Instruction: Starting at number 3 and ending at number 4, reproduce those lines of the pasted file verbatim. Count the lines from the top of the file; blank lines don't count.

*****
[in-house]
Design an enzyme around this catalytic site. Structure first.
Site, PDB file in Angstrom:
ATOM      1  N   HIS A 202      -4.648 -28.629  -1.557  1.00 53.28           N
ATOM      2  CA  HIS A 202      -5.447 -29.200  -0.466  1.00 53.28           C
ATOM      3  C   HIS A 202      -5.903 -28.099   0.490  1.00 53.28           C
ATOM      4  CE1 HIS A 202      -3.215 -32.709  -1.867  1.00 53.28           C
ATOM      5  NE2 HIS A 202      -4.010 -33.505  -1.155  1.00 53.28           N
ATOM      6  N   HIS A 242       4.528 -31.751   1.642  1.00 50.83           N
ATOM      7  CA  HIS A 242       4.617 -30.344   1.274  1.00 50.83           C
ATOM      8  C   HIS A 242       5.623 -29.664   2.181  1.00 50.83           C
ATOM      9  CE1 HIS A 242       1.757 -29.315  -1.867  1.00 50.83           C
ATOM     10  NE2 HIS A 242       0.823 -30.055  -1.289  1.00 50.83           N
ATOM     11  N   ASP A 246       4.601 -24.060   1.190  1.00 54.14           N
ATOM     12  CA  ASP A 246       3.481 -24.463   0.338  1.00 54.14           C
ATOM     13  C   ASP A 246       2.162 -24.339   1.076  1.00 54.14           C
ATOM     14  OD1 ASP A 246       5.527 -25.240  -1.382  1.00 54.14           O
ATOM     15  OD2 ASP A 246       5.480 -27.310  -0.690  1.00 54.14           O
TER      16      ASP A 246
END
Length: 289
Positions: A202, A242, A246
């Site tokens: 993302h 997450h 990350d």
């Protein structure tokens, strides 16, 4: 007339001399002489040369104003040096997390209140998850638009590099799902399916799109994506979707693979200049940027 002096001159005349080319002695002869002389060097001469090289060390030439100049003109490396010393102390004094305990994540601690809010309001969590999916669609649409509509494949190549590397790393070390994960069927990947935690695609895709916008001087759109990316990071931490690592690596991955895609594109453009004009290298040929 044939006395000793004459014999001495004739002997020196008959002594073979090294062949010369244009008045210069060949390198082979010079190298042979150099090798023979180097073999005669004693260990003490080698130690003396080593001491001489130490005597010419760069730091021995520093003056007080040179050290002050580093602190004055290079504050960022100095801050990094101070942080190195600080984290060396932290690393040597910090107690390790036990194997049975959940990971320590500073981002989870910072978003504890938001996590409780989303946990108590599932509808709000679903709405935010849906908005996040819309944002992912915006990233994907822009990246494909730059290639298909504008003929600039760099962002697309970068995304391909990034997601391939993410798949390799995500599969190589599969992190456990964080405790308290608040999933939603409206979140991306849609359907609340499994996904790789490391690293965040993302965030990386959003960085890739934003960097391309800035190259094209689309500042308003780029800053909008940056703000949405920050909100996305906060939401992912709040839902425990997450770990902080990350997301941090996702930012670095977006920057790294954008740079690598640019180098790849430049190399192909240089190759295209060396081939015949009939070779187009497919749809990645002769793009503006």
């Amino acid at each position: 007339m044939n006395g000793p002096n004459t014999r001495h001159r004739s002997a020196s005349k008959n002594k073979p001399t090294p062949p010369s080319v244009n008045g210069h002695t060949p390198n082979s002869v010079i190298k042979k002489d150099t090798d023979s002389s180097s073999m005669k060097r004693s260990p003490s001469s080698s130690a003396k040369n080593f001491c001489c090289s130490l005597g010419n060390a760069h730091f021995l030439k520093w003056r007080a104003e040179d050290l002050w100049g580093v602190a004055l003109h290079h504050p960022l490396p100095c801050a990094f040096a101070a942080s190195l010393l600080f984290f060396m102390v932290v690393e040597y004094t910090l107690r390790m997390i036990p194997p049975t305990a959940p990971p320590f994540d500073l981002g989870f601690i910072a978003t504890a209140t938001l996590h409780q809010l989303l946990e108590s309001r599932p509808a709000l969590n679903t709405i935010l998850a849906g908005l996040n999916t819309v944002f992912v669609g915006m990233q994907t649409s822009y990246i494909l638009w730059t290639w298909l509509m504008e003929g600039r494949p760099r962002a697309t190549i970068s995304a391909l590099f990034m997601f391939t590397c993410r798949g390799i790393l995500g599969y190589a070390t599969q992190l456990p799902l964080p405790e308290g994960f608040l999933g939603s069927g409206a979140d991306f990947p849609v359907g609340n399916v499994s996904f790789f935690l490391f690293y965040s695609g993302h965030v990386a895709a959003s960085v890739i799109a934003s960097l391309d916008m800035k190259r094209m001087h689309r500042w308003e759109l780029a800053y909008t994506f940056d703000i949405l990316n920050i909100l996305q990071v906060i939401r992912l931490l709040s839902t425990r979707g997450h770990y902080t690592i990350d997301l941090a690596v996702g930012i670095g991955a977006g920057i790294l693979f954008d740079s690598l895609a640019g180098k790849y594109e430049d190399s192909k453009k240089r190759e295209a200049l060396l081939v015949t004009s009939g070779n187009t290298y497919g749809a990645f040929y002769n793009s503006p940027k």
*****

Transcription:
Site, PDB file in Angstrom:
ATOM      1  N   HIS A 202      -4.648 -28.629  -1.557  1.00 53.28           N